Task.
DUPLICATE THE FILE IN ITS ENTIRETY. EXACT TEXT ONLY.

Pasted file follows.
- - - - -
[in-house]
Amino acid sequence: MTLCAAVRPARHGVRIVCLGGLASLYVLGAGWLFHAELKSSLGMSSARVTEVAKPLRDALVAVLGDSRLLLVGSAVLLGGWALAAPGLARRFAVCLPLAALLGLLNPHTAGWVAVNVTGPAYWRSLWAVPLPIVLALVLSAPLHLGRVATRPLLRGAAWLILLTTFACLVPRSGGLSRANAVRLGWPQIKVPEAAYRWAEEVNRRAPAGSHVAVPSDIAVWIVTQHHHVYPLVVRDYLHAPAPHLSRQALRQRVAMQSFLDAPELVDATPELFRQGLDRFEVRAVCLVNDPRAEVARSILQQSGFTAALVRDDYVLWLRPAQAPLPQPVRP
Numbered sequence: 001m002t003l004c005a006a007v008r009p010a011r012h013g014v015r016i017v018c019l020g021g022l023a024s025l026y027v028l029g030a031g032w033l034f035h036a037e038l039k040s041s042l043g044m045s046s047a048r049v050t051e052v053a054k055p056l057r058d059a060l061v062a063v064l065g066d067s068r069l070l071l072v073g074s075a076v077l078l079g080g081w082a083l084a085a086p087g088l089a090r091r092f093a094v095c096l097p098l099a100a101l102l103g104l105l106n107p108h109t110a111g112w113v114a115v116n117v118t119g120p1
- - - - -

[in-house]
Amino acid sequence: MTLCAAVRPARHGVRIVCLGGLASLYVLGAGWLFHAELKSSLGMSSARVTEVAKPLRDALVAVLGDSRLLLVGSAVLLGGWALAAPGLARRFAVCLPLAALLGLLNPHTAGWVAVNVTGPAYWRSLWAVPLPIVLALVLSAPLHLGRVATRPLLRGAAWLILLTTFACLVPRSGGLSRANAVRLGWPQIKVPEAAYRWAEEVNRRAPAGSHVAVPSDIAVWIVTQHHHVYPLVVRDYLHAPAPHLSRQALRQRVAMQSFLDAPELVDATPELFRQGLDRFEVRAVCLVNDPRAEVARSILQQSGFTAALVRDDYVLWLRPAQAPLPQPVRP
Numbered sequence: 001m002t003l004c005a006a007v008r009p010a011r012h013g014v015r016i017v018c019l020g021g022l023a024s025l026y027v028l029g030a031g032w033l034f035h036a037e038l039k040s041s042l043g044m045s046s047a048r049v050t051e052v053a054k055p056l057r058d059a060l061v062a063v064l065g066d067s068r069l070l071l072v073g074s075a076v077l078l079g080g081w082a083l084a085a086p087g088l089a090r091r092f093a094v095c096l097p098l099a100a101l102l103g104l105l106n107p108h109t110a111g112w113v114a115v116n117v118t119g120p1